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Bernard bounced as IndyCar Series CEO

 IBJ Staff
December 28, 2012
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After a tumultuous 2012 season in which he feuded with team owners over car-part prices and safety issues, bickered with the tire supplier over a contract extension, and was questioned on the direction of the series, IndyCar CEO Randy Bernard was fired Oct. 25. He spent less than three years on the job.

IndyCar officials at press conference Then-president Randy Bernard, left, and driver Dan Wheldon were all smiles days before the September 2011 IndyCar season finale that took Wheldon's life. Bernard promoted the Las Vegas race heavily as a jump-start to a banner 2012 season. Instead, the tragedy began a downward spiral that cost Bernard his job. (AP photo)

Bernard had endeared himself to fans, but owners and drivers came to distrust him and his management style, saying he didn’t keep his word, didn’t understand their business, and put marketing over driver safety.

Bernard’s most famous and tragic misstep came at the series finale at the Las Vegas Motor Speedway in 2011. He offered Dan Wheldon $5 million if he could win the race from the back of the 34-car field. Before the event, IndyCar drivers complained the race wasn’t safe, then Wheldon was killed in a massive 15-car pileup at the start of the 12th lap. The race was later canceled.

In 2012, Bernard failed to improve live attendance and saw television ratings drop more than 20 percent. That was enough for the board of Hulman & Co., which owns the series and Indianapolis Motor Speedway. Bernard, former boss of the Pro Bull Riders circuit, was fired two years before his IndyCar contract expired.

IMS CEO Jeff Belskus took over as interim series CEO. But on Nov. 20, Hulman & Co. officials announced one of its board members, Mark Miles, would take the helm as CEO of the parent company and oversee the Speedway, IndyCar Series and other holdings, including Clabber Girl.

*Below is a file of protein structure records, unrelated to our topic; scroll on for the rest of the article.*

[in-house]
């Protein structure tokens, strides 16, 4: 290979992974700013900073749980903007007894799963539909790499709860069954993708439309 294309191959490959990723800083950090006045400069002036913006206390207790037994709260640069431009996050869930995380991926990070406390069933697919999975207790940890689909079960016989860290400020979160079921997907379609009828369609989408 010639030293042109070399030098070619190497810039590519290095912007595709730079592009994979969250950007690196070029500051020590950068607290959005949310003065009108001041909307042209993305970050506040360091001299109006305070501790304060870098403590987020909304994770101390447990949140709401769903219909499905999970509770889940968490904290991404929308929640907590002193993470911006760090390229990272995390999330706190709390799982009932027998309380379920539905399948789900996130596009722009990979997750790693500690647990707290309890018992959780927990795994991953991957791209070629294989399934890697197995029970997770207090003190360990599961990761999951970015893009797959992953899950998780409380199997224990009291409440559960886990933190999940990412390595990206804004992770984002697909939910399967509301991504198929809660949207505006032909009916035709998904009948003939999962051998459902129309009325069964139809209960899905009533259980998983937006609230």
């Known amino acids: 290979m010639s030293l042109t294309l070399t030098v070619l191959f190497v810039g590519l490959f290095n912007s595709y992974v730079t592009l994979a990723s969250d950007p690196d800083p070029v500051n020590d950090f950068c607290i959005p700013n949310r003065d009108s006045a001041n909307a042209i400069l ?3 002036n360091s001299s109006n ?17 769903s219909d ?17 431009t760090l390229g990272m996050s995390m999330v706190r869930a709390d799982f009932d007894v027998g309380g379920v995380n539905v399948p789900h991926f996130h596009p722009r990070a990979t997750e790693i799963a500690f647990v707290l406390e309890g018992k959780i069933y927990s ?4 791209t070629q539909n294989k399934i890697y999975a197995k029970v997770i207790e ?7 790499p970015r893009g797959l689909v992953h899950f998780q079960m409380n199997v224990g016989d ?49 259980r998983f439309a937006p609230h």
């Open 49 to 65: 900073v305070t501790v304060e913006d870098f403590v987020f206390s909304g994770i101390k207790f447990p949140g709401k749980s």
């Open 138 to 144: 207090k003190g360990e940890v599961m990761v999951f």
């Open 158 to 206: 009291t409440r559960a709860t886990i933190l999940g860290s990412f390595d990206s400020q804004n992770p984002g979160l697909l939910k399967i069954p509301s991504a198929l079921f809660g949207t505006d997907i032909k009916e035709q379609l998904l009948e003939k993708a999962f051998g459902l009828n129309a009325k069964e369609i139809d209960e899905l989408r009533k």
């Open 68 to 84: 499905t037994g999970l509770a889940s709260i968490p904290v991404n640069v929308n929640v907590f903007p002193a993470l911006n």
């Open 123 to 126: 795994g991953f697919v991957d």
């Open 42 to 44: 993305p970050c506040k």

Miles, who most recently served as president of the Central Indiana Corporate Partnership, has a lengthy resume including stints as Association of Tennis Professionals Tour CEO, Eli Lilly and Co. executive director for corporate relations and 1987 Pan Am Games Host Committee CEO. Miles also served as chairman of the 2012 Super Bowl Host Committee.

Miles, who will work out of the Indianapolis Motor Speedway corporate headquarters, took his new post Dec. 17, and quickly proclaimed he’d likely restructure the IndyCar Series management team, consider a postseason structure for the open-wheel series, and attempt to add lights at the Indianapolis Motor Speedway and make the NASCAR Brickyard 400 a night race.

While IndyCar team owners told IBJ they were unsure if Miles was the answer to their problems, several series sponsors said they are encouraged by Miles’ track record, persona and management style.•

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  1. Really, taking someone managing the regulation of Alcohol and making himthe President of an IVY Tech regional campus. Does he have an education background?

  2. Jan, great rant. Now how about you review the report and offer rebuttal of the memo. This might be more conducive to civil discourse than a wild rant with no supporting facts. Perhaps some links to support your assertions would be helpful

  3. I've lived in Indianapolis my whole and been to the track 3 times. Once for a Brickyard, once last year on a practice day for Indy 500, and once when I was a high school student to pick up trash for community service. In the past 11 years, I would say while the IMS is a great venue, there are some upgrades that would show that it's changing with the times, just like the city is. First, take out the bleachers and put in individual seats. Kentucky Motor Speedway has individual seats and they look cool. Fix up the restrooms. Add wi-fi. Like others have suggested, look at bringing in concerts leading up to events. Don't just stick with the country music genre. Pop music would work well too I believe. This will attract more young celebrities to the Indy 500 like the kind that go to the Kentucky Derby. Work with Indy Go to increase the frequency of the bus route to the track during high end events. That way people have other options than worrying about where to park and paying for parking. Then after all of this, look at getting night lights. I think the aforementioned strategies are more necessary than night racing at this point in time.

  4. Talking about congestion ANYWHERE in Indianapolis is absolutely laughable. Sure you may have to wait in 5 minutes of traffic to travel down BR avenue during *peak* times. But that is absolutely nothing compared to actual big cities. Indy is way too suburban to have actual congestion problems. So please, never bring up "congestion" as an excuse to avoid development in Indianapolis. If anything, we could use a little more.

  5. Oh wait. Never mind.

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